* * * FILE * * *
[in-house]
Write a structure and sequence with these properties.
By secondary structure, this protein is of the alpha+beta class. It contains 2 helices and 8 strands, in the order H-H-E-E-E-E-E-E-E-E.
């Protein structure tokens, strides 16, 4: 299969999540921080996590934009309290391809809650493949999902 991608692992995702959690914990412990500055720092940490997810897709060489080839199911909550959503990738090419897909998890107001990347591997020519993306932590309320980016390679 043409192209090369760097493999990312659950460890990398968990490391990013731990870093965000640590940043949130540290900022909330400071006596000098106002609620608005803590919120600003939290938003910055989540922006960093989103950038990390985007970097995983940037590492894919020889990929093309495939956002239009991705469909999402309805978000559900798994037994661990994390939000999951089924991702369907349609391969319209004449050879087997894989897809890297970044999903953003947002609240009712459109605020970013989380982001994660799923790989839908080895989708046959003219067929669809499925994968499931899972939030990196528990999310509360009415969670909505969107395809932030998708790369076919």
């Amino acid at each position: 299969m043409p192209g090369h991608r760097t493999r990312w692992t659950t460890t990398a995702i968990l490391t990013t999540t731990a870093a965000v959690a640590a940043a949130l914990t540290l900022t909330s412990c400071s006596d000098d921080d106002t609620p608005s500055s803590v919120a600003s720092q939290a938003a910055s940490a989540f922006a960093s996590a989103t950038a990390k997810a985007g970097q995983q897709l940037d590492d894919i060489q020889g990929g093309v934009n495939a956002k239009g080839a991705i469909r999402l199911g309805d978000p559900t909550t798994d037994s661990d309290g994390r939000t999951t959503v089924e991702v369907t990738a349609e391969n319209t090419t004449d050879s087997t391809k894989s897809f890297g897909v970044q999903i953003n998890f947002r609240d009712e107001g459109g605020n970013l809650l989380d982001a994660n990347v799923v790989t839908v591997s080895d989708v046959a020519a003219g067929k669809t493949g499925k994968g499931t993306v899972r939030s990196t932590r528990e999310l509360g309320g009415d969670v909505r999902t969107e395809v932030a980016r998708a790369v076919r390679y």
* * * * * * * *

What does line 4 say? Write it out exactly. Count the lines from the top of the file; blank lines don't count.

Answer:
């Protein structure tokens, strides 16, 4: 299969999540921080996590934009309290391809809650493949999902 991608692992995702959690914990412990500055720092940490997810897709060489080839199911909550959503990738090419897909998890107001990347591997020519993306932590309320980016390679 043409192209090369760097493999990312659950460890990398968990490391990013731990870093965000640590940043949130540290900022909330400071006596000098106002609620608005803590919120600003939290938003910055989540922006960093989103950038990390985007970097995983940037590492894919020889990929093309495939956002239009991705469909999402309805978000559900798994037994661990994390939000999951089924991702369907349609391969319209004449050879087997894989897809890297970044999903953003947002609240009712459109605020970013989380982001994660799923790989839908080895989708046959003219067929669809499925994968499931899972939030990196528990999310509360009415969670909505969107395809932030998708790369076919």